People I Meet At Dinner Parties

Mark Steyn does a great job on what the media means when they refer to “mainstream, middle class European opinion.”

He writes:

Tim Hames, of the London Times, supported toppling the butcher but not killing him. “Mainstream middle-class sentiment in Europe,” he wrote, “now regards the death penalty as being as ethically tainted as the crimes that produced the sentence.”

“Mainstream middle-class sentiment” translates into English as: “People I meet at dinner parties.”

According to a poll published in Le Monde, the majority of Spaniards, Germans, French and British were all in favor of executing Saddam.

Indeed, Mr. Hames’ fellow Britons aren’t that far behind the Neanderthal Yanks in their enthusiasm for a good ol’ ethically-tainted hanging: 69% of respondents in the United Kingdom supported the death penalty for the dictator versus 82% in America. Mr. Hames apparently defines “mainstream” opinion as the position held by under a third of his countrymen, not the 70% extremist fringe.

Whatever one’s views on capital punishment, that’s not what it’s about. Hardcore dictatorships have to be not just politically but psychologically liberated. When one man is so murderously powerful, incarceration cannot suffice – because as long as he lives there will always be the possibility that he will return. After all, we’re talking about someone who by definition has never been bound by any of the other restraints – personal, moral, religious, constitutional: why should a court sentence prove any more effective? When a dictator has exercised the total control over his subjects that Saddam did, his hold on them can only end with his death.

I would venture that, at some level, even the European political class understands that. But it doesn’t stop them preening on this issue. A couple of years back, Her Majesty’s Secretary of State for Defense, Geoff Hoon, announced that in the event British troops captured Osama bin Laden they would not extradite him to America without assurances that he would not face the death penalty. The US Justice Department should have said: Fine, you keep him. Put him on trial at the Old Bailey and, assuming enough jurors survive to pass sentence, stick him in Brixton or Pentonville gaol for “life,” and sit back and watch as British subjects are seized and beheaded from Palestine to Pakistan and British consulates, banks and factories are blown up in Kuwait, Saudi Arabia, Malaysia and Belgium. If you’re determined to be that big a bunch of self-indulgent poseurs, you can explain it to the grieving loved ones of your own citizens.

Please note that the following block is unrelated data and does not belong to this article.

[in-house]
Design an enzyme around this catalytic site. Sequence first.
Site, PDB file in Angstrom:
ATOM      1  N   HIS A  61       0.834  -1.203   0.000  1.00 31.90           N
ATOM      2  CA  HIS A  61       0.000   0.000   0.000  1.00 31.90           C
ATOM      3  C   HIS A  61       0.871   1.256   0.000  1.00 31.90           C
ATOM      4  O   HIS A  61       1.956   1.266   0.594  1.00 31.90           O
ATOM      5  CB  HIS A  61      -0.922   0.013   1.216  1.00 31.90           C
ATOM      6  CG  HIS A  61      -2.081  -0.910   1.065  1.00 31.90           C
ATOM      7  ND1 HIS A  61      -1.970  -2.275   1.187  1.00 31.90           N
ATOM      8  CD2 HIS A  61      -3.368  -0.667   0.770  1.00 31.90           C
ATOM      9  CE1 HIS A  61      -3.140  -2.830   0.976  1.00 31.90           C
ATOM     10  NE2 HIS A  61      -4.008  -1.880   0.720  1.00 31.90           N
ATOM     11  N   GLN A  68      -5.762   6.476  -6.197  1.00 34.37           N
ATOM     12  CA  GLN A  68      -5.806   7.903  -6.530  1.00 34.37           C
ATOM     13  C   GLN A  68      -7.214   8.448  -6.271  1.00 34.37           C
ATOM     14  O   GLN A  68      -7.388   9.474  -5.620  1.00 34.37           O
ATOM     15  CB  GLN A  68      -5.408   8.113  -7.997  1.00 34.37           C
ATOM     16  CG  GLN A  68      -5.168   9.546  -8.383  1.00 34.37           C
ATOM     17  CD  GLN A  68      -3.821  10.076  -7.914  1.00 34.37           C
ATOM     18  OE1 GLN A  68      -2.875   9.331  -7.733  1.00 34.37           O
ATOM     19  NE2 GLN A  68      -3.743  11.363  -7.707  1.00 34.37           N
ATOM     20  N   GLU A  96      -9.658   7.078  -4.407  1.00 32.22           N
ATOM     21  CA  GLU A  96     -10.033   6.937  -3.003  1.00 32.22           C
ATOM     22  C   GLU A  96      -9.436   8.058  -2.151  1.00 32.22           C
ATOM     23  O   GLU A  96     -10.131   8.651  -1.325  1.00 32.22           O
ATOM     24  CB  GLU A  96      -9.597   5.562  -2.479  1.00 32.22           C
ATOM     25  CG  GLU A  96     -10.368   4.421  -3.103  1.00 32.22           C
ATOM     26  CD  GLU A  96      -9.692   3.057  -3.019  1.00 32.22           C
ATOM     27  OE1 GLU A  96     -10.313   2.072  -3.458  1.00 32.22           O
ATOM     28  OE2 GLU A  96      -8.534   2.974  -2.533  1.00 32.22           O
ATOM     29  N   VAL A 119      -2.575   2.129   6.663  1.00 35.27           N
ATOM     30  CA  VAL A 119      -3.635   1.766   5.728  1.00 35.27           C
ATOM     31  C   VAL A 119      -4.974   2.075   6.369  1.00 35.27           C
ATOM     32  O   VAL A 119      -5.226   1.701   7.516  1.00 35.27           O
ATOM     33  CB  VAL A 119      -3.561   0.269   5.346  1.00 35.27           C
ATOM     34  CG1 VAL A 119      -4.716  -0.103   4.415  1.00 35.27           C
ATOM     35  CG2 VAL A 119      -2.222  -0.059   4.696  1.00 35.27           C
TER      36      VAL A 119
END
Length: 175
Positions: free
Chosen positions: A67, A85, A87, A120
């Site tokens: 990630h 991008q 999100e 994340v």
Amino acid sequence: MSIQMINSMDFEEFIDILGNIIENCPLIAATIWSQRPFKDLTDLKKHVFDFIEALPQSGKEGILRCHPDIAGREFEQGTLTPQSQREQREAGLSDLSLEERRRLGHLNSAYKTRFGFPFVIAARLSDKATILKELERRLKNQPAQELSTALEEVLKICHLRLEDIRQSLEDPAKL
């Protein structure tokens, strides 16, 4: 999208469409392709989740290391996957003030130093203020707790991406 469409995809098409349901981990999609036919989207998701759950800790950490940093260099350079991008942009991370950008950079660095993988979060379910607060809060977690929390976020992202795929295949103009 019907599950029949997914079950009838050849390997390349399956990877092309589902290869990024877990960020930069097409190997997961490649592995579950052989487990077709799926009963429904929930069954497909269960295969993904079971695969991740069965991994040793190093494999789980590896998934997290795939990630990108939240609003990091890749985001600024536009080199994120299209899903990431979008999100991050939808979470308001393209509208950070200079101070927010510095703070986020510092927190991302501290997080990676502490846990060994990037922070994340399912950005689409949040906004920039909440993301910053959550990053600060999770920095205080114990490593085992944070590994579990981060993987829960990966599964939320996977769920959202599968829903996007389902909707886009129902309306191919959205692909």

But the moral posturing of Europeans is less a guide to practical policy on war and jihad than a glimpse of their own psychological isolation. The German Web site Davids Medienkritik provided a useful round-up of local reports on Saddam’s hanging: “Die Europaer verurteilten die Anwendung der Todesstrafe,” declared Die Zeit. “The Europeans condemn the use of the death penalty.”

What “Europeans”? Not the majority of Germans who approve of the execution. Not the 58% of French citizens. Not the seven out of 10 Britons. When Die Zeit and The Times and all the rest say that “Europe” condemns the death of Saddam, what they mean is that a narrow, remote, self-insulating politico-media elite condemns it.

Their assumption (in the face of all the evidence) that they speak for “Europe” is revealing because it helps explain why the Continent is having such difficulty coming to terms with every other issue, from its unaffordable social problems to its alienated Muslim populations.

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